2. Methods

2.1. Subjects

Patients with cancer and healthy controls were recruited between July 2007 and February 2009 through advertisements and physician referrals from the Royal Victoria Hospital and the Hepato-Pancreato-Biliary Cancer Clinic of the McGill University Health Centre (MUHC). Subjects were excluded if they presented with unstable psychiatric, cardio-respiratory or metabolic disorders, received chemotherapy or radiotherapy four weeks prior, or had any surgeries six weeks prior to the assessment date. All patients were evaluated at the McGill Nutrition and Performance Laboratory and the McGill Nutrition and Food Science Centre of the MUHC between 8 am and 12 pm. The subjects fasted for 12 h prior to their testing, which took about 2.5 h to complete. Each subject provided written informed consent to participate in this study, which had received prior approval from the Institutional Review Board of the MUHC.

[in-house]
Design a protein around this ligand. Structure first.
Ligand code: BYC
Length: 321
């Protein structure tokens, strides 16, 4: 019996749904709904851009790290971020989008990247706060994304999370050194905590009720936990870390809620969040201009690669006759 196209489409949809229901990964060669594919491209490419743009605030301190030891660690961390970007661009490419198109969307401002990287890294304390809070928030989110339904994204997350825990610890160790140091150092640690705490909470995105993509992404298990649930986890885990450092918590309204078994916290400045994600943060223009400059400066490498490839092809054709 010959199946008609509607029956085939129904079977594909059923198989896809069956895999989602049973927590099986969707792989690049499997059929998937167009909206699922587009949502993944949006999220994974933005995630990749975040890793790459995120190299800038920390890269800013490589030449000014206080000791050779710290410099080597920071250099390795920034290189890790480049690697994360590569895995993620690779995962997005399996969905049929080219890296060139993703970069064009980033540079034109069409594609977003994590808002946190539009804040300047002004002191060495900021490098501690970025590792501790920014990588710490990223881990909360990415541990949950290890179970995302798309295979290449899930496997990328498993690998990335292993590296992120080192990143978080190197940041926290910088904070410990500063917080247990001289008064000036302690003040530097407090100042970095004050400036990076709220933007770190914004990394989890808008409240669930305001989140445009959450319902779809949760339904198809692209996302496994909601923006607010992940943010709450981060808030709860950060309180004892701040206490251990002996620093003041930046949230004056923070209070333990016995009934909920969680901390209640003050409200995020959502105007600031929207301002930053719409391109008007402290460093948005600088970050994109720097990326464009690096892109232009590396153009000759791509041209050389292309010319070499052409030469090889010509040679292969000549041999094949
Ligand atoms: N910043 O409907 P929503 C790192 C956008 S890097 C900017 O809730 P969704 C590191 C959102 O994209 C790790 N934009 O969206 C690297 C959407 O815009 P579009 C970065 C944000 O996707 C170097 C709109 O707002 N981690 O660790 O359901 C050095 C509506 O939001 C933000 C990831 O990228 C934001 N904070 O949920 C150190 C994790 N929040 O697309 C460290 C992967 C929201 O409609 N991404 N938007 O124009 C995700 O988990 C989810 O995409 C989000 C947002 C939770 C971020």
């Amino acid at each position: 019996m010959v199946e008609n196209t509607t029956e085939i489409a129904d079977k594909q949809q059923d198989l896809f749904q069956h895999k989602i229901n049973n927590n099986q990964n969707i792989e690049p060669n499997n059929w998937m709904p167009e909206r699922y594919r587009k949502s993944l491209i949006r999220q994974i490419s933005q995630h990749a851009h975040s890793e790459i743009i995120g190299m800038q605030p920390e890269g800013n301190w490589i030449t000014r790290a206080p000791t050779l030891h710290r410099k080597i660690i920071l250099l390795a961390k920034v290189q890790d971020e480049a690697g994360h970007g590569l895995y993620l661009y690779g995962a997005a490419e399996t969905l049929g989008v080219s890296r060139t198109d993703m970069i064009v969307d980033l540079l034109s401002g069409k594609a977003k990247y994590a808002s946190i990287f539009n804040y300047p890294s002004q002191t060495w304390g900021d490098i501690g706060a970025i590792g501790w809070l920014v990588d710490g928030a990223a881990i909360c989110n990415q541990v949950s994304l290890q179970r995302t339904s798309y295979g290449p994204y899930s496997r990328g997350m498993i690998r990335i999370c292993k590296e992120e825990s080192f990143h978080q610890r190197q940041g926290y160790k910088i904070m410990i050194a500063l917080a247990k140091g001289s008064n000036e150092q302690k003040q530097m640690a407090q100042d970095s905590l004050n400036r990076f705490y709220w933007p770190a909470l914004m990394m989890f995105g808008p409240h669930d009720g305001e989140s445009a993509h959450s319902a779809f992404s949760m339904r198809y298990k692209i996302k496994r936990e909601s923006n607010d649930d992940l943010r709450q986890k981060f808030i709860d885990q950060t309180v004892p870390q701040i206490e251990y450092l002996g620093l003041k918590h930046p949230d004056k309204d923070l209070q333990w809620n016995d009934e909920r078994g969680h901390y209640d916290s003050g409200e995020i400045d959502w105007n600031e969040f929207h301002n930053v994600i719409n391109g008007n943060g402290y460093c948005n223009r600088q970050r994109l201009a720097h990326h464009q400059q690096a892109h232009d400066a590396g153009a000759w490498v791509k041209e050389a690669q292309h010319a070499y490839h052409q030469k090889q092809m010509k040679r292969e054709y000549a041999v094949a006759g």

2.2. Blood Parameters

Venous blood samples for complete blood count (CBC), albumin, and C-reactive protein (CRP) were analyzed in the MUHC – Royal Victoria Hospital Biochemistry Laboratory.

2.3. Body Composition

With subjects fasted, barefoot, and wearing light clothing with no metal embellishments, height was measured to the nearest 0.5 cm using a SECA stadiometer and weight was measured to the nearest 0.1 kg using an AmCells electronic scale (Amcells Corp., Vista, CA, USA). Body mass index (BMI) was then calculated (kg/m2). For the determination of total lean tissue (kg), fat tissue (kg) and bone mineral density (g/cm3), a total body dual-energy x-ray absorptiometry (DXA – Lunar Prodigy Advance™, GE Healthcare, Madison, WI, USA) scan was completed and analyzed using Advance's enCORE™ 2006 software (GE Healthcare, Madison, WI, USA). A complete description of our laboratory procedures for the total body DXA scan has been published elsewhere. 9 The percent coefficient of variation (%CV) of this DXA machine was previously determined as 1.56% for fat mass and 0.72% for fat free mass in a population with advanced cancer. 10